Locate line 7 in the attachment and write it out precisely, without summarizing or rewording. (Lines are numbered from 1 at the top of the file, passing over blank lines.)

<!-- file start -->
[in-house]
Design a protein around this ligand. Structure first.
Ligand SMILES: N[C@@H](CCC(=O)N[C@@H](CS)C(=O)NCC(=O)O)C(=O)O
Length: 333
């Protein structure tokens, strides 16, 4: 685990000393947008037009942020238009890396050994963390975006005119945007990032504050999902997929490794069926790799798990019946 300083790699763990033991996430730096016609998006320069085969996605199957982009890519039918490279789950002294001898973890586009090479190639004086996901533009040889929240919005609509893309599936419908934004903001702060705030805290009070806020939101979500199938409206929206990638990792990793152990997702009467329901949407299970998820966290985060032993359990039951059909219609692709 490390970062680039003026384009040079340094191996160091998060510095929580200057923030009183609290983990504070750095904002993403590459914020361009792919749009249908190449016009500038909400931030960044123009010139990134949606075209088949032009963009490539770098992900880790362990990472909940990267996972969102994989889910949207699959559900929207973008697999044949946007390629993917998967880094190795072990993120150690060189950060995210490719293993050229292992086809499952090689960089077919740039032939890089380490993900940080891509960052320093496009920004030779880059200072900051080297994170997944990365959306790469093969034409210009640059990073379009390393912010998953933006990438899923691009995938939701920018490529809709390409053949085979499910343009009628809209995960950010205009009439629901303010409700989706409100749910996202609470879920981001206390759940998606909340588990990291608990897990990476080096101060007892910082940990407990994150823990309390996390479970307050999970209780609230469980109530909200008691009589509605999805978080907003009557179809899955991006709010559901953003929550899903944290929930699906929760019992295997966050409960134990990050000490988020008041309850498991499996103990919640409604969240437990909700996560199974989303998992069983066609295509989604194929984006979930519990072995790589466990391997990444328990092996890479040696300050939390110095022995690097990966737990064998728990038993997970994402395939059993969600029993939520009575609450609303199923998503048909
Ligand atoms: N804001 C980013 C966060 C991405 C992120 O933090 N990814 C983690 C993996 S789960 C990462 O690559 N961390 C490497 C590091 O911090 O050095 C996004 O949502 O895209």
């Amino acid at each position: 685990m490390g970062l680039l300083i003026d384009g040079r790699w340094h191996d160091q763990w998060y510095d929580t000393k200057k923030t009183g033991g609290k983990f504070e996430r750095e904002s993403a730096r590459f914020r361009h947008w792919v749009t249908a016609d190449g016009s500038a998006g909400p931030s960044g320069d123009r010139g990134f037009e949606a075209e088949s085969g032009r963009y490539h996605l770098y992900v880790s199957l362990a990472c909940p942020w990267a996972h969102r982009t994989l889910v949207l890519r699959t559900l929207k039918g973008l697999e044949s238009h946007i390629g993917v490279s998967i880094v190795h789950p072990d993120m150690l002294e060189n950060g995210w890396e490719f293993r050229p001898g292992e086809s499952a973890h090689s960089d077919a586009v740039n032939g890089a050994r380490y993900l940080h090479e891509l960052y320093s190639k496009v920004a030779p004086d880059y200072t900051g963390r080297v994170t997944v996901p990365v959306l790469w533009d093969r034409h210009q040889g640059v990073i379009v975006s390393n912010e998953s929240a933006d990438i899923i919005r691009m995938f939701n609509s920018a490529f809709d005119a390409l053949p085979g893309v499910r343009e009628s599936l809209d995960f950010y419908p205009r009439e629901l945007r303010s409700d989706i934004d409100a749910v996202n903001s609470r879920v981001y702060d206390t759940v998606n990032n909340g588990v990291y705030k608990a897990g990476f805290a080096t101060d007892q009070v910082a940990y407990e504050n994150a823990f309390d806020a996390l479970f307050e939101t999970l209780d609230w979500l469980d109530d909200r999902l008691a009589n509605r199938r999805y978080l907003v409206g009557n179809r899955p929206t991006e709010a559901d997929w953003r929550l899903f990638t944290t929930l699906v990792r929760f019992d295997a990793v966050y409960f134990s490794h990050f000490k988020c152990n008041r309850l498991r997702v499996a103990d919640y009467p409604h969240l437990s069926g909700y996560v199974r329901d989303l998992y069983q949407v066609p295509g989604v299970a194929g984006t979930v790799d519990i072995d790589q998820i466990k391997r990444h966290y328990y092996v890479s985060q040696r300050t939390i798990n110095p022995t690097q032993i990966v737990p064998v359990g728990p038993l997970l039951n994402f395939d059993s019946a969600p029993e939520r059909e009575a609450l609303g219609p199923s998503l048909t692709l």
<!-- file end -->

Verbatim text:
């Amino acid at each position: 685990m490390g970062l680039l300083i003026d384009g040079r790699w340094h191996d160091q763990w998060y510095d929580t000393k200057k923030t009183g033991g609290k983990f504070e996430r750095e904002s993403a730096r590459f914020r361009h947008w792919v749009t249908a016609d190449g016009s500038a998006g909400p931030s960044g320069d123009r010139g990134f037009e949606a075209e088949s085969g032009r963009y490539h996605l770098y992900v880790s199957l362990a990472c909940p942020w990267a996972h969102r982009t994989l889910v949207l890519r699959t559900l929207k039918g973008l697999e044949s238009h946007i390629g993917v490279s998967i880094v190795h789950p072990d993120m150690l002294e060189n950060g995210w890396e490719f293993r050229p001898g292992e086809s499952a973890h090689s960089d077919a586009v740039n032939g890089a050994r380490y993900l940080h090479e891509l960052y320093s190639k496009v920004a030779p004086d880059y200072t900051g963390r080297v994170t997944v996901p990365v959306l790469w533009d093969r034409h210009q040889g640059v990073i379009v975006s390393n912010e998953s929240a933006d990438i899923i919005r691009m995938f939701n609509s920018a490529f809709d005119a390409l053949p085979g893309v499910r343009e009628s599936l809209d995960f950010y419908p205009r009439e629901l945007r303010s409700d989706i934004d409100a749910v996202n903001s609470r879920v981001y702060d206390t759940v998606n990032n909340g588990v990291y705030k608990a897990g990476f805290a080096t101060d007892q009070v910082a940990y407990e504050n994150a823990f309390d806020a996390l479970f307050e939101t999970l209780d609230w979500l469980d109530d909200r999902l008691a009589n509605r199938r999805y978080l907003v409206g009557n179809r899955p929206t991006e709010a559901d997929w953003r929550l899903f990638t944290t929930l699906v990792r929760f019992d295997a990793v966050y409960f134990s490794h990050f000490k988020c152990n008041r309850l498991r997702v499996a103990d919640y009467p409604h969240l437990s069926g909700y996560v199974r329901d989303l998992y069983q949407v066609p295509g989604v299970a194929g984006t979930v790799d519990i072995d790589q998820i466990k391997r990444h966290y328990y092996v890479s985060q040696r300050t939390i798990n110095p022995t690097q032993i990966v737990p064998v359990g728990p038993l997970l039951n994402f395939d059993s019946a969600p029993e939520r059909e009575a609450l609303g219609p199923s998503l048909t692709l």